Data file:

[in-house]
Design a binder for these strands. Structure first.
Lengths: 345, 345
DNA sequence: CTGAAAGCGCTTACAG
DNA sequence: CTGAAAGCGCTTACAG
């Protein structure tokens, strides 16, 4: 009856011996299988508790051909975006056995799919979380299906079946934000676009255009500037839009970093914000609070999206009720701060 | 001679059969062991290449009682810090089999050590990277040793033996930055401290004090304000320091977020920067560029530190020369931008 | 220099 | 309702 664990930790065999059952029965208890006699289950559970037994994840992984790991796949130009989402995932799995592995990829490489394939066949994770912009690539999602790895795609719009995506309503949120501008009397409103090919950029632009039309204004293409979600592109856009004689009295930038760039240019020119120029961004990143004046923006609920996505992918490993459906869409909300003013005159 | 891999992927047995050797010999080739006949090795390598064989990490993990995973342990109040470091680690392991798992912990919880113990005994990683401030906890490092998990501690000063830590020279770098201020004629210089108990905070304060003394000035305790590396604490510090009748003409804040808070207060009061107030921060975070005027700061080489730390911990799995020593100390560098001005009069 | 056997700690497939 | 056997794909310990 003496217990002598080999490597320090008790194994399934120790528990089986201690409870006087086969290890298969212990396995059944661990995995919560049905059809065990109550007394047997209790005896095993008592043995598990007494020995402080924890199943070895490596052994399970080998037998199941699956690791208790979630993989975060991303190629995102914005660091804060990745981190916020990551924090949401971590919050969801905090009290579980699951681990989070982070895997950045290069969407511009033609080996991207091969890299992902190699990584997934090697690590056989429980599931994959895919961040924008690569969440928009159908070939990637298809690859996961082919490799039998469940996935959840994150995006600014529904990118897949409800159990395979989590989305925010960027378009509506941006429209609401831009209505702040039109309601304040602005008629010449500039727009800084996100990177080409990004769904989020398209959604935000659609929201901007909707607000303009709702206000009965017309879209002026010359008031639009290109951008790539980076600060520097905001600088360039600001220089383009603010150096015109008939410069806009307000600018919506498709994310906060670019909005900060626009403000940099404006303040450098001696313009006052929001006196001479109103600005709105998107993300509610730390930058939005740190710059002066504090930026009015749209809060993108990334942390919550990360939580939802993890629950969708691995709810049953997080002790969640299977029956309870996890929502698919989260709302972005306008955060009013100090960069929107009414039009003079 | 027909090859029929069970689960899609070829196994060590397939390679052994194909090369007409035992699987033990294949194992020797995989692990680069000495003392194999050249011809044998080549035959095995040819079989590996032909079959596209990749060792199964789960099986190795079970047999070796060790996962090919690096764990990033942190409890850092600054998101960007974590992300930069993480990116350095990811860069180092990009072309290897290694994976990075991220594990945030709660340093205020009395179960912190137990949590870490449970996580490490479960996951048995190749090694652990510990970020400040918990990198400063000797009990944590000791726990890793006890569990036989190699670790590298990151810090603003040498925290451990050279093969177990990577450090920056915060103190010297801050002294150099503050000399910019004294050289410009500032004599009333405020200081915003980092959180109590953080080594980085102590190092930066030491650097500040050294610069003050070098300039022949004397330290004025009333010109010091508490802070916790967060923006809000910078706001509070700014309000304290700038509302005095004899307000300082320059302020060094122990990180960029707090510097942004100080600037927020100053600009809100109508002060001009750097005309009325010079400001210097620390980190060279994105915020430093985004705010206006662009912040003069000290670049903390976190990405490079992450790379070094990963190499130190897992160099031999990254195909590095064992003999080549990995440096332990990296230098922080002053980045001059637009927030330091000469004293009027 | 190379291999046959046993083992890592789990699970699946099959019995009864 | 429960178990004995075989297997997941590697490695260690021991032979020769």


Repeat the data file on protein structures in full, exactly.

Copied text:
[in-house]
Design a binder for these strands. Structure first.
Lengths: 345, 345
DNA sequence: CTGAAAGCGCTTACAG
DNA sequence: CTGAAAGCGCTTACAG
């Protein structure tokens, strides 16, 4: 009856011996299988508790051909975006056995799919979380299906079946934000676009255009500037839009970093914000609070999206009720701060 | 001679059969062991290449009682810090089999050590990277040793033996930055401290004090304000320091977020920067560029530190020369931008 | 220099 | 309702 664990930790065999059952029965208890006699289950559970037994994840992984790991796949130009989402995932799995592995990829490489394939066949994770912009690539999602790895795609719009995506309503949120501008009397409103090919950029632009039309204004293409979600592109856009004689009295930038760039240019020119120029961004990143004046923006609920996505992918490993459906869409909300003013005159 | 891999992927047995050797010999080739006949090795390598064989990490993990995973342990109040470091680690392991798992912990919880113990005994990683401030906890490092998990501690000063830590020279770098201020004629210089108990905070304060003394000035305790590396604490510090009748003409804040808070207060009061107030921060975070005027700061080489730390911990799995020593100390560098001005009069 | 056997700690497939 | 056997794909310990 003496217990002598080999490597320090008790194994399934120790528990089986201690409870006087086969290890298969212990396995059944661990995995919560049905059809065990109550007394047997209790005896095993008592043995598990007494020995402080924890199943070895490596052994399970080998037998199941699956690791208790979630993989975060991303190629995102914005660091804060990745981190916020990551924090949401971590919050969801905090009290579980699951681990989070982070895997950045290069969407511009033609080996991207091969890299992902190699990584997934090697690590056989429980599931994959895919961040924008690569969440928009159908070939990637298809690859996961082919490799039998469940996935959840994150995006600014529904990118897949409800159990395979989590989305925010960027378009509506941006429209609401831009209505702040039109309601304040602005008629010449500039727009800084996100990177080409990004769904989020398209959604935000659609929201901007909707607000303009709702206000009965017309879209002026010359008031639009290109951008790539980076600060520097905001600088360039600001220089383009603010150096015109008939410069806009307000600018919506498709994310906060670019909005900060626009403000940099404006303040450098001696313009006052929001006196001479109103600005709105998107993300509610730390930058939005740190710059002066504090930026009015749209809060993108990334942390919550990360939580939802993890629950969708691995709810049953997080002790969640299977029956309870996890929502698919989260709302972005306008955060009013100090960069929107009414039009003079 | 027909090859029929069970689960899609070829196994060590397939390679052994194909090369007409035992699987033990294949194992020797995989692990680069000495003392194999050249011809044998080549035959095995040819079989590996032909079959596209990749060792199964789960099986190795079970047999070796060790996962090919690096764990990033942190409890850092600054998101960007974590992300930069993480990116350095990811860069180092990009072309290897290694994976990075991220594990945030709660340093205020009395179960912190137990949590870490449970996580490490479960996951048995190749090694652990510990970020400040918990990198400063000797009990944590000791726990890793006890569990036989190699670790590298990151810090603003040498925290451990050279093969177990990577450090920056915060103190010297801050002294150099503050000399910019004294050289410009500032004599009333405020200081915003980092959180109590953080080594980085102590190092930066030491650097500040050294610069003050070098300039022949004397330290004025009333010109010091508490802070916790967060923006809000910078706001509070700014309000304290700038509302005095004899307000300082320059302020060094122990990180960029707090510097942004100080600037927020100053600009809100109508002060001009750097005309009325010079400001210097620390980190060279994105915020430093985004705010206006662009912040003069000290670049903390976190990405490079992450790379070094990963190499130190897992160099031999990254195909590095064992003999080549990995440096332990990296230098922080002053980045001059637009927030330091000469004293009027 | 190379291999046959046993083992890592789990699970699946099959019995009864 | 429960178990004995075989297997997941590697490695260690021991032979020769």